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Q&A with an Airtightness Consultant

15 Jun 2021 at 4:12 PM

What’s it like working in the world of airtightness?

Lee Kenton is a Level 2 airtightness consultant and one of our technical managers here at BE. We wanted to know what life is like inside and outside of his work.

BE: Hi Lee, can you tell us a bit about your job?

Air Permeability Testing

I’m heavily involved in the planning of the airtightness projects, where I provide consultancy advice as well as performing some of the testing. I’ll attend site visits at different stages of the build to give advice on the airtightness based on the drawings and the ongoing build. Sometimes this might just be a review of the drawings over a virtual meeting. I’m also interested in the small residential projects so am usually on hand to share some advice with house builders.

When I get the opportunity to get out testing, I’m travelling up and down the country (and sometimes to other countries) to carry out airtightness tests. There are often requirements for bespoke methods of testing which I will help plan with the client, as well as doing room integrity testing (that is a requirement for Gas Suppression systems).

BE: What sort of projects have you worked on to date?

I’ve probably carried out well over a thousand tests. I’ve been certified for Level 2 testing for some time so have had a good mix between residential and commercial testing. I’ve worked with most of the major contractors over the years, like Wates, BAM, Kier, Seddon, Willmott Dixon, etc. It’s nice working with the smaller companies too, and people doing self-builds. I’ve also worked on the testing of Oxford University’s first Passivhaus certified building.

BE: What’s the best bit about your job?

It’s a great feeling to know that you’ve helped a client get a good result, especially when it’s been a tough project. The variety of the job is very rewarding. One day you’re at the top of a high-rise building in Scotland, and the next you’re working on a particle accelerator in Didcot, or a gas turbine in Portugal. I’ve even worked on a project that was half a mile underground which had its own secret road network stretching underneath the city. Thoroughly interesting, but the mobile reception was terrible!

BE: And the worst thing?

When there is a high-risk project that fails it can be a mammoth task to get the result that the client needs. Site managers have a stressful job at the best of times, so adding to that load by telling them that the building has failed its air test can be an unenviable chore. But its always best to focus on what can be done to resolve it, and that’s where we’re able to share the benefit of our years of experience in the field and provide good quality help.

BE: How do you feel airtightness can help us get towards a net zero world?

Airtightness is a massive contributing factor to energy loss. We’ve all been in a building that has been cold despite having the heating on full blast, and that is often at least partly due to the air leakage of the building. Improving the efficiency of buildings is going to be how we get to reduce our dependency on carbon in the long term whilst renewable energy is still being developed. It’s really interesting to work on properties that have Mechanical Ventilation Heat Recovery, which is a fantastic way of reducing energy whilst improving ventilation. But, it only works effectively if the building is airtight.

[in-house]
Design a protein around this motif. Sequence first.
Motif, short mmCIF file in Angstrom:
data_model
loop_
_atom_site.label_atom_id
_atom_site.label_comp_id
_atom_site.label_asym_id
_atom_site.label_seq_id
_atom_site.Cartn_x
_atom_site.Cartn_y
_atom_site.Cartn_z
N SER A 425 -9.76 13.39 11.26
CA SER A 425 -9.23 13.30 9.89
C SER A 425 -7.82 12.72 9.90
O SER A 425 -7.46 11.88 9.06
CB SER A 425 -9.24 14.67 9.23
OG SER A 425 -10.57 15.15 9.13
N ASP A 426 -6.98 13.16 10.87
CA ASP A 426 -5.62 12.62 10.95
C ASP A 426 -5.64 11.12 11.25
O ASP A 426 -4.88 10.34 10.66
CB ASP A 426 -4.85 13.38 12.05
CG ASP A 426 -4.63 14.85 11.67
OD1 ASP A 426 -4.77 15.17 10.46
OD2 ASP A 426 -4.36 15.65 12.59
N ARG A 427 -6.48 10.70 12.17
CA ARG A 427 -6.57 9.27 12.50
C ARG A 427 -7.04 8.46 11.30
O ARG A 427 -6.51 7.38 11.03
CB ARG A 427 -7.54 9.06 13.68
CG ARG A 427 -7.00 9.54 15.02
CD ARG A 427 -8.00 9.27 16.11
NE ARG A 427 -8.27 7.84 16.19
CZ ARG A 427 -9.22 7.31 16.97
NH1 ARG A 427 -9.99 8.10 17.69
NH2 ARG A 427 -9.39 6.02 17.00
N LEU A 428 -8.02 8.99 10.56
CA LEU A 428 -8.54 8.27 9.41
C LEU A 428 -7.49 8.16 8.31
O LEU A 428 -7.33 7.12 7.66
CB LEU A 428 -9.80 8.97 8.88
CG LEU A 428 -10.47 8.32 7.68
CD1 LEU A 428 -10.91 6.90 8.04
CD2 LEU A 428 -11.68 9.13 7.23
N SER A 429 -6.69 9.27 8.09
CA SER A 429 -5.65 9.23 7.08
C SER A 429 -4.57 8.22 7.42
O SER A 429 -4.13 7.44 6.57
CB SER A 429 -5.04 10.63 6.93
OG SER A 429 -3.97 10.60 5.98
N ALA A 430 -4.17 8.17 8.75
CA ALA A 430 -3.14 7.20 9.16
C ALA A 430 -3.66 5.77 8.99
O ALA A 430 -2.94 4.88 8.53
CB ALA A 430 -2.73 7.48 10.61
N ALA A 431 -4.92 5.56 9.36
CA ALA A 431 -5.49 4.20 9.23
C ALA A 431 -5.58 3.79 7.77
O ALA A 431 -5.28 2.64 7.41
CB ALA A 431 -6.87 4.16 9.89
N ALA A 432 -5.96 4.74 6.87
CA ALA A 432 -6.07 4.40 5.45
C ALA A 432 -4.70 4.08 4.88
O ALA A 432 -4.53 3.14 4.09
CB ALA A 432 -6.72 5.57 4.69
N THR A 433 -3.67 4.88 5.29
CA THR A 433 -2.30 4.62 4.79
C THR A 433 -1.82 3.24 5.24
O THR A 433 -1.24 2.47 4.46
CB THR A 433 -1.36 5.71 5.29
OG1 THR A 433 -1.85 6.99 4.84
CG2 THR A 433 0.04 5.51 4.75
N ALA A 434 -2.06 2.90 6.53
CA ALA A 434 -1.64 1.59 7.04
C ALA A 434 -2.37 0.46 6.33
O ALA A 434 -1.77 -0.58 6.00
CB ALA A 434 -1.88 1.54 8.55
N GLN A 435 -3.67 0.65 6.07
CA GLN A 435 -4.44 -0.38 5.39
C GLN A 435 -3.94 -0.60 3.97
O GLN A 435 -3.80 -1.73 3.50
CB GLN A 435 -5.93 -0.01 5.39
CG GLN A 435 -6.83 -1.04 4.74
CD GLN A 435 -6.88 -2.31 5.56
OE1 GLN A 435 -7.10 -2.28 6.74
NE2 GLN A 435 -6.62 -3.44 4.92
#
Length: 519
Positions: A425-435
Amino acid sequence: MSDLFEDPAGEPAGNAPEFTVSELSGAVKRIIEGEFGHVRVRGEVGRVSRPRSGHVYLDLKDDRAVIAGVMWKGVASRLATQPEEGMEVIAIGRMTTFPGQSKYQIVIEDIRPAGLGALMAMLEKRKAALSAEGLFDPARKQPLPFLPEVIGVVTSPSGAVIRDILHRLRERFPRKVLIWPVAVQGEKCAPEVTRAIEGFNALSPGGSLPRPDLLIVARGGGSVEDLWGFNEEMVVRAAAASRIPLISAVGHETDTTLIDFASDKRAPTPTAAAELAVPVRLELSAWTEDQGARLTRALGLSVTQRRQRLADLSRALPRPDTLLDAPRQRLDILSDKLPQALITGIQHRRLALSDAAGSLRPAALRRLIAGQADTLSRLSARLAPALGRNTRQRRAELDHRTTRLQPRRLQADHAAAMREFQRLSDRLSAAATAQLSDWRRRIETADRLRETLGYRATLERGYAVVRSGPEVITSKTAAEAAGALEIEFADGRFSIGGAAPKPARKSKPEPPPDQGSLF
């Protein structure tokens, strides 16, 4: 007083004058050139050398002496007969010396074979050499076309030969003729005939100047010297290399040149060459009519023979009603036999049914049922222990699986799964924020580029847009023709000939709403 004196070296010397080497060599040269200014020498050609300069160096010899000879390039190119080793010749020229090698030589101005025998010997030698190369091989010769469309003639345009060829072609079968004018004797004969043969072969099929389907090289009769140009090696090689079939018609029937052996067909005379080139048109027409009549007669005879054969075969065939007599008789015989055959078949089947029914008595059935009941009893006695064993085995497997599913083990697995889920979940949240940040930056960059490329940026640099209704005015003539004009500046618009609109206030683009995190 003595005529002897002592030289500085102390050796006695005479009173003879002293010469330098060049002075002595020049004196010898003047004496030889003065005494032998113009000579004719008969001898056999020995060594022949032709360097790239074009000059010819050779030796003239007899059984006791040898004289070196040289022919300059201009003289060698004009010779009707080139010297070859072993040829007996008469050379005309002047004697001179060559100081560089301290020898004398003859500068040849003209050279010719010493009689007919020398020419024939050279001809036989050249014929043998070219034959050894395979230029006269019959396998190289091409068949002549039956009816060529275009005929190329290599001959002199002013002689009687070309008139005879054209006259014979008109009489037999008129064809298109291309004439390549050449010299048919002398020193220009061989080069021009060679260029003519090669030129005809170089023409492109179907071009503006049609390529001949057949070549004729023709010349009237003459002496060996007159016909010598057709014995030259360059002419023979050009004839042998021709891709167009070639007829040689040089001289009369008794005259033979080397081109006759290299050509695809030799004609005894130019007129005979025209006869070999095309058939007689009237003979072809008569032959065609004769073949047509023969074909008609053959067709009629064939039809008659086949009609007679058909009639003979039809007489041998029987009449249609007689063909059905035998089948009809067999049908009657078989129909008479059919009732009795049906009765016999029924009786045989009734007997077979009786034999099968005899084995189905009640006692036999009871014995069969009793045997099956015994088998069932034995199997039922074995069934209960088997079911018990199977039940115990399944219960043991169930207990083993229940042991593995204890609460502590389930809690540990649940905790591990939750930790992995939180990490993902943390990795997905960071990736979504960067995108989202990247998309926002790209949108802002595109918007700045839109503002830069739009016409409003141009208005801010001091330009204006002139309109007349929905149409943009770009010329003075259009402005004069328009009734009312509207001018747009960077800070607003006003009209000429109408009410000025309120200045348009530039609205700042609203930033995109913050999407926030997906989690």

BE: What are your best 3 bits of advice for someone trying to build airtight?

  1. The main areas of leakage are where there are junctions, penetrations, and where 2 or more interfaces meet. Plan in advance how you’re going to ensure that these are kept airtight, and make sure you know who is going to be responsible for keeping that continuity, and inspect the work as it goes on.
  2. If you’ve got a tough target to hit, then it’s important to get some consultancy advice at an early stage, as failure could result in delays to handover and significant costs. Nominate an Airtightness Champion within the company who will be tasked with overseeing how the airtightness line is maintained during the build.
  3. Keep the airtight line on the warm side of the insulation. It’s more common than you’d think for this to be missed and it can lead to all sorts of problems in the long run.

Airtightness Testing

BE: What else do you do outside of your air tightness work?

I do thermographic surveys for BREEAM, as well as for other investigative works. Thermography is a really interesting technology and a useful tool when investigating building faults. It’s not limited to buildings though. I’ve used the thermal camera recently to check that a piece of electronic equipment I’ve built was performing correctly.

I also do Indoor Air Quality Plans and Testing, as well as helping out in Operations. If that’s not enough, I created our testing software which is much quicker and easier to use than the off-the-shelf products.

BE: What do you get up to outside of BE?

I’m studying for a Masters in Mechanical Engineering, as well as for a NEBOSH in Environmental Management. To relax, I usually go out running. I have two Ultra-marathons booked this year, so the training for that takes up a lot of time. I volunteer as a UK athletics leader for my running club, so take some of the group out with me a couple of nights a week.

Other hobbies include cryptic crosswords, flying lessons, painting, going to theatres, operas, comedy events, and local music gigs. When I have a bit of free time, I may spend some of it with my wife, kid, and my pet parrot.

BE: Thanks for joining us Lee!

Can we help with air tightness on your project?

Call us on 0330 055 34 05 or email

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